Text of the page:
Isadora Christel (Spain) 1; Albert Soret (Spain) 1; Fernando Cucchietti (Spain) 1; Luz Calvo (Spain) 1; Marta Terrado (Spain) 1; Dragana Bojovic (Spain) 1; Llorenç Lledó (Spain) 1; Andrea Manrique (Spain) 1
1 - Barcelona Supercomputing Center
From June 2019, the EU-funded project S2S4E will run an online operational Decision Support Tool (DST) for energy decision makers in solar, wind and hydropower production and energy demand. This DST is an interactive climate service interface where energy users can explore probabilistic predictions of essential climate variables and energy indicators for weeks and months ahead.
Renewable energy growth is central to the transition to less carbon-intensive economies. However, both renewable energy supply and energy demand are strongly influenced by climate variability, which is a major barrier to renewable energy integration in electricity networks. Current energy practices use past conditions – climatology- to inform on expected future conditions, but this doesn’t take into account climate change. Top-notch advances on climate predictions at sub-seasonal and seasonal time scales have the potential to inform decision-making processes in the energy sector with climate conditions in the coming weeks and months. However, a challenge for the creation of a successful DST is the complexity of probabilistic forecasts, and how to communicate forecasts uncertainty to decision makers.
To solve probability and uncertainty communication, the DST map interface included three main features: color, size and a subtractive filter. The prediction in each grid point is shown as a glyph (circle) in a map. The color of the glyph conveys the most probable of three categories (above, below or on normal) in the future trend of a selected variable. We selected a colorblind-safe scale to facilitate fast detection of spatial trends. Alongside the most likely category, users need to visualize its probability, as only categories predicted with high probability might trigger a decision. Hence, users can set a probability threshold that encodes a larger glyph’s size enabling fast visual detection. We included a subtractive filter so the user can remove the predictions that are worst than using climatology or fall below their minimum required quality level. All this enables the user to explore and detect their area of interest. When the user selects a particular glyph, an on-demand display panel provides additional information including, categories probability, forecast quality, forecasts trend over time and current forecast vs. historical data.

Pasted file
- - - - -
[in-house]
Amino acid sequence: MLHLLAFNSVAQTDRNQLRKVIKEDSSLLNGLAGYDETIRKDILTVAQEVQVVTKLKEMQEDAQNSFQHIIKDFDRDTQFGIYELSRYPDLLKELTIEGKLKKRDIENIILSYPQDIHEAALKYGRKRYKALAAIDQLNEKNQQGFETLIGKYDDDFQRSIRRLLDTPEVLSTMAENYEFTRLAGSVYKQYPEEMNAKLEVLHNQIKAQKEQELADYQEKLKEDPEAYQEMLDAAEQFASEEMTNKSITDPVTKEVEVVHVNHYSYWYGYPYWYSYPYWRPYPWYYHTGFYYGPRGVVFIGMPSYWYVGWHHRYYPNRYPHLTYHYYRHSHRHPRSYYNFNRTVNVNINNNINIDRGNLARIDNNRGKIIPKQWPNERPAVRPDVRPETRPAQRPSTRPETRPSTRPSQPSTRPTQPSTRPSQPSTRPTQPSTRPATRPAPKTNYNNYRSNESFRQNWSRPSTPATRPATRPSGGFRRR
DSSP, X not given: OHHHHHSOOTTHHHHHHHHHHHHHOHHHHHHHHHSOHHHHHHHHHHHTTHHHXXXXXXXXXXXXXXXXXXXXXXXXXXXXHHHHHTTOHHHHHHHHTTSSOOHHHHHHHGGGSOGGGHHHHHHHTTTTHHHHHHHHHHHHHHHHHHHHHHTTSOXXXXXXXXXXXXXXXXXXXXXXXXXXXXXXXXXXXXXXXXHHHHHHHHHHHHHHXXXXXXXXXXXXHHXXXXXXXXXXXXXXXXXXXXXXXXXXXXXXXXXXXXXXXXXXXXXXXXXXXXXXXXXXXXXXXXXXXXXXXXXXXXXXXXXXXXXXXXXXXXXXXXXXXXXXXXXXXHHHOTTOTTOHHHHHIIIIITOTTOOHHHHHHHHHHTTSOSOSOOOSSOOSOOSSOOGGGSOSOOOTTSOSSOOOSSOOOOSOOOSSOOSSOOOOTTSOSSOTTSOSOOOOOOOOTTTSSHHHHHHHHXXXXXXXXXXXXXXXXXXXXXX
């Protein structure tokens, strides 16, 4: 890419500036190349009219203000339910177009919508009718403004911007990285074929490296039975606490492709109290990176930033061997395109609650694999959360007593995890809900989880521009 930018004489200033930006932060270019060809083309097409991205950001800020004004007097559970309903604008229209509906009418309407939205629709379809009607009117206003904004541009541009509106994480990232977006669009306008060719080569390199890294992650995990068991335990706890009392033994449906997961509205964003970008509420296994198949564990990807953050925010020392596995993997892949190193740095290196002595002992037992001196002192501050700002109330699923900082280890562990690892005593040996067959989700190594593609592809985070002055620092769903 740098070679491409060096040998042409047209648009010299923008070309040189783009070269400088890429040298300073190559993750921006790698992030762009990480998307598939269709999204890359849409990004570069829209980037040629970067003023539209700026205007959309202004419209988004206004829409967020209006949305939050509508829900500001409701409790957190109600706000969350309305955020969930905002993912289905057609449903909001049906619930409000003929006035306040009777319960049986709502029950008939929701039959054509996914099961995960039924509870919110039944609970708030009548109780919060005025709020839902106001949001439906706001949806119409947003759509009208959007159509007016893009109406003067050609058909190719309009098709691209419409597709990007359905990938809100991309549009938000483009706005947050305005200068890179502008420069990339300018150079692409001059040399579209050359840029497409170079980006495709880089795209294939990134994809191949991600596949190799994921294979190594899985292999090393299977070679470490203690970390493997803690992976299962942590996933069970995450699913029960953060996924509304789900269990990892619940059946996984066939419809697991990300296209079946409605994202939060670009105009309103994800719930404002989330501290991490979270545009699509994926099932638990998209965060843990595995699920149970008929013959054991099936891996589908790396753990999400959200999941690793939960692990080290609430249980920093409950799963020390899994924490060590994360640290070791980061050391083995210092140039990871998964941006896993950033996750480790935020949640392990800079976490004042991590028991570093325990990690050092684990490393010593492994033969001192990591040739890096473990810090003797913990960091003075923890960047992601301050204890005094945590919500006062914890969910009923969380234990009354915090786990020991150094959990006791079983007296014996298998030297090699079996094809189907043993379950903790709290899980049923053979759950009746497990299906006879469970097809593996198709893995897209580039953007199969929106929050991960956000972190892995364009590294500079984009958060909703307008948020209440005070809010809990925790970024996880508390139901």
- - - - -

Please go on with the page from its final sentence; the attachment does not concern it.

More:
We arrived at our solution after a multi-cycle user-centered design process, validated with user interviews and eye-tracking experiments. Results show that users identify clearly and quickly regions with increasing/decreasing trends. We observed high task accuracy and understanding, with users mentioning that location of items and their interactivity was intuitive.